Crowdfunding is on the rise in Switzerland. Both the number of successfully funded campaigns and the volume of funds raised have experienced strong growth in recent years.
In 2016, CHF 128.2 million was raised through 3,098 campaigns. That’s a 362% increase from 2015, according to the Crowdfunding Monitoring Switzerland 2017 report by the Institute of Financial Services Zug IFZ of the Lucerne School of Business. The volume has risen more than tenfold in comparison to 2013.
The highest growth between 2015 and 2016 was posted by crowdlending with 597% to CHF 55.1 million, followed by crowdinvesting with 453% to CHF 39.2 million, reward-based crowdfunding and crowddonating with 37% to CHF 17 million as well as invoice trading at CHF 17 million.
The Swiss crowdfunding market
Since Cashare launched the first crowdlending platform in Switzerland in 2008, a lot of companies have entered the market.
New entrants in 2016 included creditworld, Funders, Hyposcout, Hypotheko, ideenkicker.ch, Lend, Lendico, letshelp.ch, Swisslending and swisspeers.
The first three months of 2017 witnessed the entry of real estate crowdinvesting platforms Crowdli and Foxstone, and crowdlending platforms Crowd4Cash and Lendora.
But several startups have also exited the market including Starter and Masspurse. In March 2017, the platform Gemeinsam unterwegs, run by an individual Raiffeisenbank branch, closed down to make way for the Raiffeisen Group’s Lokalhelden.
Overall, the number of crowdfunding platforms in Switzerland at the end of 2016 had risen by nine compared to 2015, and as of early 2017, around 50 crowdfunding platforms were operating in Switzerland.
Crowdfunding is a broad term which covers various different activities.
Reward-based crowdfunding includes creative, cultural or commercial projects as well as sport projects. With this type of funding, those providing funds usually receive one-off consideration in the form of products, works of art or services.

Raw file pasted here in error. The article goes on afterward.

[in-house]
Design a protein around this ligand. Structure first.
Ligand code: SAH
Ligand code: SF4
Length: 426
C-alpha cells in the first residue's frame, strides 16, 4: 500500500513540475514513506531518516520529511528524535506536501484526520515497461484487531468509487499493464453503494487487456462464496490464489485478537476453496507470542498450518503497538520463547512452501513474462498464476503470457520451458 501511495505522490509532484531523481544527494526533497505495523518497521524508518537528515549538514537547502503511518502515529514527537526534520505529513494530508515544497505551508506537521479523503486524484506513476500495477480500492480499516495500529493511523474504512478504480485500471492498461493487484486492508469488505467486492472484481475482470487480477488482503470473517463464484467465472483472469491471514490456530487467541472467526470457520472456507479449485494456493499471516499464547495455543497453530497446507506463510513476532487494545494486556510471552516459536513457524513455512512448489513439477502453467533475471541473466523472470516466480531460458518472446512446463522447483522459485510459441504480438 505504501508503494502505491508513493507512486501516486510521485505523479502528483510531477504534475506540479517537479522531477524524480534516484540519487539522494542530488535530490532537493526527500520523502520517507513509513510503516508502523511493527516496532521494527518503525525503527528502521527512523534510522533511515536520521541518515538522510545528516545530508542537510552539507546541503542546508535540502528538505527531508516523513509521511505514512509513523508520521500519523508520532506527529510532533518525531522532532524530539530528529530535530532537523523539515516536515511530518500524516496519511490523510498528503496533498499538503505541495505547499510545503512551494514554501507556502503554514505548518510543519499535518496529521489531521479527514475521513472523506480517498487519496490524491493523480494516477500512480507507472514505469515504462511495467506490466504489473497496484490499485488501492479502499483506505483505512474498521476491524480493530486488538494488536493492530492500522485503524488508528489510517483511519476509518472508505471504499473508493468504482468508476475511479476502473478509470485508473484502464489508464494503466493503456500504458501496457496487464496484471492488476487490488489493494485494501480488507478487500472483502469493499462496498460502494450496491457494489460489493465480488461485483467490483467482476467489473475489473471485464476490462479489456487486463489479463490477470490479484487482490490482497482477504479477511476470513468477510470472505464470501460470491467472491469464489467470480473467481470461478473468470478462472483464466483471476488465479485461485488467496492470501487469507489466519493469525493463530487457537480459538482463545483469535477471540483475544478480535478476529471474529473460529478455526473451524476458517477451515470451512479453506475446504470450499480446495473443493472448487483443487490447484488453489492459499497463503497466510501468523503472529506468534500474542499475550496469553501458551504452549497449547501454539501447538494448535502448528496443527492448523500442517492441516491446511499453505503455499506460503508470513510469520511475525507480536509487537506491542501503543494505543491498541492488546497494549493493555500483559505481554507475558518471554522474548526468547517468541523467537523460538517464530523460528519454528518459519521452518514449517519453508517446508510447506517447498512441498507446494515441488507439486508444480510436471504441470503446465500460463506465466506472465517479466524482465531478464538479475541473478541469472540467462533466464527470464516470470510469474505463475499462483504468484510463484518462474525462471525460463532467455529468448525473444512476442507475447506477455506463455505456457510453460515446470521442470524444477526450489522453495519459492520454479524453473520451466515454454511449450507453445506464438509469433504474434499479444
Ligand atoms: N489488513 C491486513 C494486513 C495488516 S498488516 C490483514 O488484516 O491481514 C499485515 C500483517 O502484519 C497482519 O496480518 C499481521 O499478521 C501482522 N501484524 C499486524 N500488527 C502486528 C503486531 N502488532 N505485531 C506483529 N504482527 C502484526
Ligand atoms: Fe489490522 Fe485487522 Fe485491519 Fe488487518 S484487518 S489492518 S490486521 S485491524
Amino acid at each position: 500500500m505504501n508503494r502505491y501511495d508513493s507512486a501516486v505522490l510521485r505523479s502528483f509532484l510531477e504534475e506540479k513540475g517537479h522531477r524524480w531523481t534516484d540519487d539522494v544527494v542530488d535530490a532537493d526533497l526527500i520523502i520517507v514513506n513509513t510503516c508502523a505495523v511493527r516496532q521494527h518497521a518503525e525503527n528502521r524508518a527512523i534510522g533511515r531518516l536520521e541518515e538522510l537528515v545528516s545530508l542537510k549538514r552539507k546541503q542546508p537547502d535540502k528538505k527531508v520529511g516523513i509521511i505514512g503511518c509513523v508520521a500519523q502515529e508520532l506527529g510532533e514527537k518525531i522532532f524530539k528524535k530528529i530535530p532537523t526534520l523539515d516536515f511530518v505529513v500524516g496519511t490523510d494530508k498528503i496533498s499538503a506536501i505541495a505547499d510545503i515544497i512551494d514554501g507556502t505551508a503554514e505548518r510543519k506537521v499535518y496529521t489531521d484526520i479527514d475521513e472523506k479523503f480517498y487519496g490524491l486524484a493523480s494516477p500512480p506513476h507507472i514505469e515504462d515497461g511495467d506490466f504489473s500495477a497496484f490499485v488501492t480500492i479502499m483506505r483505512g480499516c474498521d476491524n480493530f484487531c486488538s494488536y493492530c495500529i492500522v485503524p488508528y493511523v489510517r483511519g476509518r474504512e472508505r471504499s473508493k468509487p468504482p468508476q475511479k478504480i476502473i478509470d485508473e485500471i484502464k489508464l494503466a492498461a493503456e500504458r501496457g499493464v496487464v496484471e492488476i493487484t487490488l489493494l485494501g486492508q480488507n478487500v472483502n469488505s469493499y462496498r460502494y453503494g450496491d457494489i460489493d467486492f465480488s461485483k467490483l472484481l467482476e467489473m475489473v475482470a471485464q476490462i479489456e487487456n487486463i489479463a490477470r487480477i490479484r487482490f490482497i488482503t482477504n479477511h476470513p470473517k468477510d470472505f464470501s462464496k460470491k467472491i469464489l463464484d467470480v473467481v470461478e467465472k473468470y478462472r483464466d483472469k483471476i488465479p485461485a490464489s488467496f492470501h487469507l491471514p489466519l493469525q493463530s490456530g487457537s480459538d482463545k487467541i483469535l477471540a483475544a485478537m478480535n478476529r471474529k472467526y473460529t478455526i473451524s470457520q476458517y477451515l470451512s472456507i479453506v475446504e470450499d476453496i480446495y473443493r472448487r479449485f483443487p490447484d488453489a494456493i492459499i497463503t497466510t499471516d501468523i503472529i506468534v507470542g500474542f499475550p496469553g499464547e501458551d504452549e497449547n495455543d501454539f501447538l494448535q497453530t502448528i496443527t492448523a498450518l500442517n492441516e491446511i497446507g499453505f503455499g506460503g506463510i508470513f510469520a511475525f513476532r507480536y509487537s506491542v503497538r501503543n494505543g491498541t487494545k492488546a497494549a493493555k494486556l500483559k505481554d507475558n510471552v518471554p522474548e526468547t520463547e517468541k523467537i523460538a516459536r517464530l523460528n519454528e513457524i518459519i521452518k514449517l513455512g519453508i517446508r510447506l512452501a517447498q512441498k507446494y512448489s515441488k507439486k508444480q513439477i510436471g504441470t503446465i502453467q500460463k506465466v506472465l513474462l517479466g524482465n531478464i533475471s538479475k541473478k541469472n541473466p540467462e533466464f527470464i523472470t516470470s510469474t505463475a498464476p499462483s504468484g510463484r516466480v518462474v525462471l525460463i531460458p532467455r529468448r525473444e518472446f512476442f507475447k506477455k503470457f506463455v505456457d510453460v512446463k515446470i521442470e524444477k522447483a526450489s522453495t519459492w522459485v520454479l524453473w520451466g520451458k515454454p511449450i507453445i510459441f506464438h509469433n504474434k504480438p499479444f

In a crowddonating campaign, the contributions made are simple donations that are usually not associated with any consideration. Examples include social, charitable and cultural projects. Crowddonating can also be used to raise funds for political campaigns.
Crowdlending refers to the financing of businesses or private individuals by means of loans. It is also known as peer-to-peer or marketplace lending. Lenders receive interest payments in return for their loan.
Crowdinvesting focuses on acquiring a stake in a business or property via equity or mixed forms of equity and mezzanine (borrowed) capital. Crowdinvesting provides small investors with the opportunity to support startups in their growth phase. In return, these investors typically receive shares in the business and/or a share in the profit it generates.
Real estate crowdinvesting is also part of the crowdinvesting segment. Such platforms allow investors to become co-owners of a property. As a result, the investors take a stake in the rental income and in any rise in value of the property itself.
Invoice trading helps SMEs in need of liquidity at short notice by allowing investors to purchase unsettled business invoices at a discount. This direct linking of lender and investor creates a new investment class.
There is only one invoice trading platform in Switzerland, which is Advanon.
Featured image: Switzerland flag, Pixabay.